Melissa Frazier

on leave spring 2024

AB, Harvard University. PhD, University of California–Berkeley. Special interests include the 19th-century novel and literature and the literary marketplace. Author of articles and books on topics including Pushkin, Senkovskii, Gogol, Tolstoy, and Russian Formalism. Awarded the 2007 Jean-Pierre Barricelli Prize for “Best Work in Romanticism Studies,” by the International Conference of Romanticism, for Romantic Encounters: Writers, Readers, and the “Library for Reading” (Stanford University Press, 2007). SLC, 1995–

Undergraduate Courses 2023-2024


Beginning Russian

Open, Seminar—Year

At a time of great crisis in Russia and in Ukraine, the study of Russian remains essential to the understanding of Russian politics, history, and culture. It is also an easy move from Russian to the study of other Slavic languages, including not just Ukrainian but also Belarusian, Czech, Slovak, Polish, Bulgarian, Serbian, Croatian, etc. To learn a new language is to open yourself to another worldview, both as you gain entry into another culture and as your own sense of self is transformed. In another language, you are still you, but the tools that you use to create and express that identity change. As English speakers find themselves in Russian, they first need to come to terms with an often complicated grammar. We will tackle that aspect of our work through a degree of analytical thought, a great deal of memorization, and the timely completion of our often lengthy biweekly homework assignments. Even as I encourage students to reflect on the very different means of expression that Russian offers, I also ask that they engage in basic but fully functional conversational Russian at every point along the way. Our four hours of class each week will be devoted to actively using what we know in both pair and group activities, role play, dialogues, skits, songs, etc. As a final project at the end of each semester, students will create their own video skits. Note that students are required to meet with the Russian assistant weekly in addition to class; attendance at our weekly Russian table is strongly encouraged.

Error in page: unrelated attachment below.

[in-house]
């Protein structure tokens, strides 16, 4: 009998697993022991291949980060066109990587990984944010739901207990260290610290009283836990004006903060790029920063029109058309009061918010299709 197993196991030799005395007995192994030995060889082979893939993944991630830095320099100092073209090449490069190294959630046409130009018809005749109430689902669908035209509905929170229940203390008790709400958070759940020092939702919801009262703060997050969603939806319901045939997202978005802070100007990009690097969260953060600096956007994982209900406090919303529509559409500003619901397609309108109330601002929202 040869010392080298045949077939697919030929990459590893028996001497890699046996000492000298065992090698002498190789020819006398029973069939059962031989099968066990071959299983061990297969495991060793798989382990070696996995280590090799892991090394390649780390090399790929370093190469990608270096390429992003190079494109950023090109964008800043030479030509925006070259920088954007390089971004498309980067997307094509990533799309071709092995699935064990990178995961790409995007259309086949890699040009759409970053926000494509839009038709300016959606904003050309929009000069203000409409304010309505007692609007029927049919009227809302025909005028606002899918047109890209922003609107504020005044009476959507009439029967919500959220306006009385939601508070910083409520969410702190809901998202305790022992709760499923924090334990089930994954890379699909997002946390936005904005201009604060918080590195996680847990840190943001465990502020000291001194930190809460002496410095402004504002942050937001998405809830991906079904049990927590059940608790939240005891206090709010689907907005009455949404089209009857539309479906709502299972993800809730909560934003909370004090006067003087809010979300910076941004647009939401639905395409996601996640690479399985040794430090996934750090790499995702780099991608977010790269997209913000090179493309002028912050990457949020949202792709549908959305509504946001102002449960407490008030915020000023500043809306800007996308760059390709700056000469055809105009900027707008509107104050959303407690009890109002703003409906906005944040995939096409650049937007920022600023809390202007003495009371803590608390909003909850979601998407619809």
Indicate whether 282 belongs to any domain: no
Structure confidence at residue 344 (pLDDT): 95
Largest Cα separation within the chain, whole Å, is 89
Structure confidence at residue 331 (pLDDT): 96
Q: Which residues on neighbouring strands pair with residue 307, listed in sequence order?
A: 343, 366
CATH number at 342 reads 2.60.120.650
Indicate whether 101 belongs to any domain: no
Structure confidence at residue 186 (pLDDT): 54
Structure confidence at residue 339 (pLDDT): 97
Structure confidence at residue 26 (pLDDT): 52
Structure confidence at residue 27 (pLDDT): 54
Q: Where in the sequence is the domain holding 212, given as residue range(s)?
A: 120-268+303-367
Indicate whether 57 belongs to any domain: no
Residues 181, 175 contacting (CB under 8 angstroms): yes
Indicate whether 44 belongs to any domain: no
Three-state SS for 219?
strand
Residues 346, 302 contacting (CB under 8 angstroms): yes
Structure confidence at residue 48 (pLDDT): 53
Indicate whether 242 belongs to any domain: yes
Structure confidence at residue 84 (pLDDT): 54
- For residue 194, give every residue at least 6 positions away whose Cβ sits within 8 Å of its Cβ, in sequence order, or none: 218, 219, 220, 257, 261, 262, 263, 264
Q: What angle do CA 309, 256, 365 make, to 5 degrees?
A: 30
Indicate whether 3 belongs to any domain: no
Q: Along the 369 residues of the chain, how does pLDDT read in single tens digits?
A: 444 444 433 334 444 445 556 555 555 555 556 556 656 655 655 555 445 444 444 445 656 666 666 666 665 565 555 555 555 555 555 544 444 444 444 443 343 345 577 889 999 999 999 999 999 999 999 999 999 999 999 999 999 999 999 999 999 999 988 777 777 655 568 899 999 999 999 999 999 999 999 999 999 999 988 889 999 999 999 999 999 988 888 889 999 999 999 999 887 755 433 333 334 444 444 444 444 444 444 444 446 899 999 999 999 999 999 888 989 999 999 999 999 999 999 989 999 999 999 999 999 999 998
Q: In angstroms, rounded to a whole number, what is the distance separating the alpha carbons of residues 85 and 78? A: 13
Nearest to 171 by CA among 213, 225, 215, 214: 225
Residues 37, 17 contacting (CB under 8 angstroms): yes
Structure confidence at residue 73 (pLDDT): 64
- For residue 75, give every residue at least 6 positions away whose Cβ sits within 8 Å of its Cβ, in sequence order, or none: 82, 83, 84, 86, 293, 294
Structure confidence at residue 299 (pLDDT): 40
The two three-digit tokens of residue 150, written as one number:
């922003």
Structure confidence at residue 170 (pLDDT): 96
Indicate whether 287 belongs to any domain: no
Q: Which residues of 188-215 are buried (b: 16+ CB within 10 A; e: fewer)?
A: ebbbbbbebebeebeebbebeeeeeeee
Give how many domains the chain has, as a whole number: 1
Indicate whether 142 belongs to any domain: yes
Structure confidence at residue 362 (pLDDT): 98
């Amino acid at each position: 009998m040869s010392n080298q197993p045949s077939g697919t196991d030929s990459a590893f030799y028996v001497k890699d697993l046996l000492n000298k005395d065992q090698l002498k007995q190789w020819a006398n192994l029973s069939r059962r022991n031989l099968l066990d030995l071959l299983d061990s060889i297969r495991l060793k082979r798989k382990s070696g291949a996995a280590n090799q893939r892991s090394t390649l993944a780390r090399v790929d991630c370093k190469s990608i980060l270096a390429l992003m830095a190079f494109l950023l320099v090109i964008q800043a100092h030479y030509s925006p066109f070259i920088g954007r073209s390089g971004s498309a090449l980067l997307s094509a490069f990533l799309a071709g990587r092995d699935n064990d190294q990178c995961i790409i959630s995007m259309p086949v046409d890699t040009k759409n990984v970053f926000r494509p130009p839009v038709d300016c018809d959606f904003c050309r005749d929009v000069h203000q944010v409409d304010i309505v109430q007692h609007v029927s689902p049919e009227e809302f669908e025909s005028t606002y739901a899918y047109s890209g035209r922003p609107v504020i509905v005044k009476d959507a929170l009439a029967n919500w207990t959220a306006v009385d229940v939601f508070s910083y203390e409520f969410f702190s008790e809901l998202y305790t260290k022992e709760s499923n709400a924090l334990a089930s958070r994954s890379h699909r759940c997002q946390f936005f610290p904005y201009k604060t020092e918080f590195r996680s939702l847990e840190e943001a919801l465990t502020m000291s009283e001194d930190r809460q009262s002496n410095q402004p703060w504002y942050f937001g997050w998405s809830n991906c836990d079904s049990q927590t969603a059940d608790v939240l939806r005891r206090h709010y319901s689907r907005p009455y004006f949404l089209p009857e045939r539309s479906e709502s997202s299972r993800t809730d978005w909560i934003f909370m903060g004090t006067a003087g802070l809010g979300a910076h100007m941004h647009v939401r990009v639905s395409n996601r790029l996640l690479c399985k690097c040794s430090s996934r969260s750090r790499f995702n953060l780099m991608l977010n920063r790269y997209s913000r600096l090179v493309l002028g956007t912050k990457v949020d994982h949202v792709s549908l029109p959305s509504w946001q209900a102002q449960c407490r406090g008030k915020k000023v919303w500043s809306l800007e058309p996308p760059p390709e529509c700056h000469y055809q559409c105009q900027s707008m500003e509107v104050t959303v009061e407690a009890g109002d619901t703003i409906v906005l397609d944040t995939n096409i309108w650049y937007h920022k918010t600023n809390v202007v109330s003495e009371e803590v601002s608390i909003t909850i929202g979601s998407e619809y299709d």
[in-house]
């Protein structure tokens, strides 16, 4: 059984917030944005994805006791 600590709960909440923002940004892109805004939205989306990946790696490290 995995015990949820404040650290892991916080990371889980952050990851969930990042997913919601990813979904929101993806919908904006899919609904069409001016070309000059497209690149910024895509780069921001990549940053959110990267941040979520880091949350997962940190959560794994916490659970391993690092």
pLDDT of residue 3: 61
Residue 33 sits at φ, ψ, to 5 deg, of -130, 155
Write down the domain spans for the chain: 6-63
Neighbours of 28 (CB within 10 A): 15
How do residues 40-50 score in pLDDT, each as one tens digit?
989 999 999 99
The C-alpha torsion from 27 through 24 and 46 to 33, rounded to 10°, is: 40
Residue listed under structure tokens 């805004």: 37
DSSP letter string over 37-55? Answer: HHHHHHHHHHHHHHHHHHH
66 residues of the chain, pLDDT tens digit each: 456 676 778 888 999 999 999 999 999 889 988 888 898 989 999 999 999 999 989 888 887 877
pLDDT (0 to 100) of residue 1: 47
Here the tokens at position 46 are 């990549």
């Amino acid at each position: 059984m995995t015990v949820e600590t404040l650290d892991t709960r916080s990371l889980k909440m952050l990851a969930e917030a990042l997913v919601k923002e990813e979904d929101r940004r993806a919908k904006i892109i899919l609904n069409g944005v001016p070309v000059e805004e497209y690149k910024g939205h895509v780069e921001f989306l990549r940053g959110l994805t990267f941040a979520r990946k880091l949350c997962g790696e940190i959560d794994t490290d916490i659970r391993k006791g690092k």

Intermediate Russian

Intermediate, Seminar—Year

Prerequisite: one year of college-level Russian or the equivalent

At the end of this course, students should feel that they have a fairly sophisticated grasp of Russian and the ability to communicate in Russian in any situation. After the first year of studying the language, students will have learned the bulk of Russian grammar; this course will emphasize grammar review, vocabulary accumulation, and regular oral practice. Class time will center on the spoken language, and students will be expected to participate actively in discussions based on new vocabulary. Regular written homework will be required, along with weekly conversation classes with the Russian assistant; attendance at Russian Table is strongly encouraged. While students are welcome to include films and/or music in their conference work, my hope is that we will use that time to focus on the written language. Whatever their individual focus, students will be asked to read short texts, including song lyrics and/or screen plays as well as short stories, with the aim of appreciating a very different culture and/or literature while also learning to read independently, accurately, and with as little recourse to the dictionary as possible.



Double Thoughts and Double Consciousness: Russian and African American Literature

Open, Large seminar—Fall